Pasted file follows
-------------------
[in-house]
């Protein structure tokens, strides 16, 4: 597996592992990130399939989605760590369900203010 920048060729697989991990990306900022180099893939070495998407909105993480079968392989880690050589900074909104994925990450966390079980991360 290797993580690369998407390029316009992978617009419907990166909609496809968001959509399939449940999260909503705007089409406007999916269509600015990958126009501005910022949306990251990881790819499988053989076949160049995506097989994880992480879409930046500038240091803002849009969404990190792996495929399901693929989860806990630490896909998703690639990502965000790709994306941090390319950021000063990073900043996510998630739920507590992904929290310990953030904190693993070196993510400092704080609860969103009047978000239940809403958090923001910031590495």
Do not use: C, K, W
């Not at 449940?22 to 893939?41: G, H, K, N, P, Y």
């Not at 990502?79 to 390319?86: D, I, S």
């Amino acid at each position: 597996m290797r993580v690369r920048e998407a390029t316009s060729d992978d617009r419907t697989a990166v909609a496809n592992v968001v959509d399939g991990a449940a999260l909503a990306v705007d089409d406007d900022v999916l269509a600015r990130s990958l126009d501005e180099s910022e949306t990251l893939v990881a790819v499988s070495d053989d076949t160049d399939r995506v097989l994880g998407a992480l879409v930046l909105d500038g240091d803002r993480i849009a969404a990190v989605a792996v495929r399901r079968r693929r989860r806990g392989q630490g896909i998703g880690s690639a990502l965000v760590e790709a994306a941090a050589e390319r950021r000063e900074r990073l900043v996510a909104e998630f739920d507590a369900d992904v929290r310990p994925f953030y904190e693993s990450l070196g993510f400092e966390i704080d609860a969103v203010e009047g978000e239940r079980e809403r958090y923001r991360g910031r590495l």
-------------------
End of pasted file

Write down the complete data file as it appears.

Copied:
[in-house]
């Protein structure tokens, strides 16, 4: 597996592992990130399939989605760590369900203010 920048060729697989991990990306900022180099893939070495998407909105993480079968392989880690050589900074909104994925990450966390079980991360 290797993580690369998407390029316009992978617009419907990166909609496809968001959509399939449940999260909503705007089409406007999916269509600015990958126009501005910022949306990251990881790819499988053989076949160049995506097989994880992480879409930046500038240091803002849009969404990190792996495929399901693929989860806990630490896909998703690639990502965000790709994306941090390319950021000063990073900043996510998630739920507590992904929290310990953030904190693993070196993510400092704080609860969103009047978000239940809403958090923001910031590495």
Do not use: C, K, W
């Not at 449940?22 to 893939?41: G, H, K, N, P, Y």
């Not at 990502?79 to 390319?86: D, I, S």
């Amino acid at each position: 597996m290797r993580v690369r920048e998407a390029t316009s060729d992978d617009r419907t697989a990166v909609a496809n592992v968001v959509d399939g991990a449940a999260l909503a990306v705007d089409d406007d900022v999916l269509a600015r990130s990958l126009d501005e180099s910022e949306t990251l893939v990881a790819v499988s070495d053989d076949t160049d399939r995506v097989l994880g998407a992480l879409v930046l909105d500038g240091d803002r993480i849009a969404a990190v989605a792996v495929r399901r079968r693929r989860r806990g392989q630490g896909i998703g880690s690639a990502l965000v760590e790709a994306a941090a050589e390319r950021r000063e900074r990073l900043v996510a909104e998630f739920d507590a369900d992904v929290r310990p994925f953030y904190e693993s990450l070196g993510f400092e966390i704080d609860a969103v203010e009047g978000e239940r079980e809403r958090y923001r991360g910031r590495l």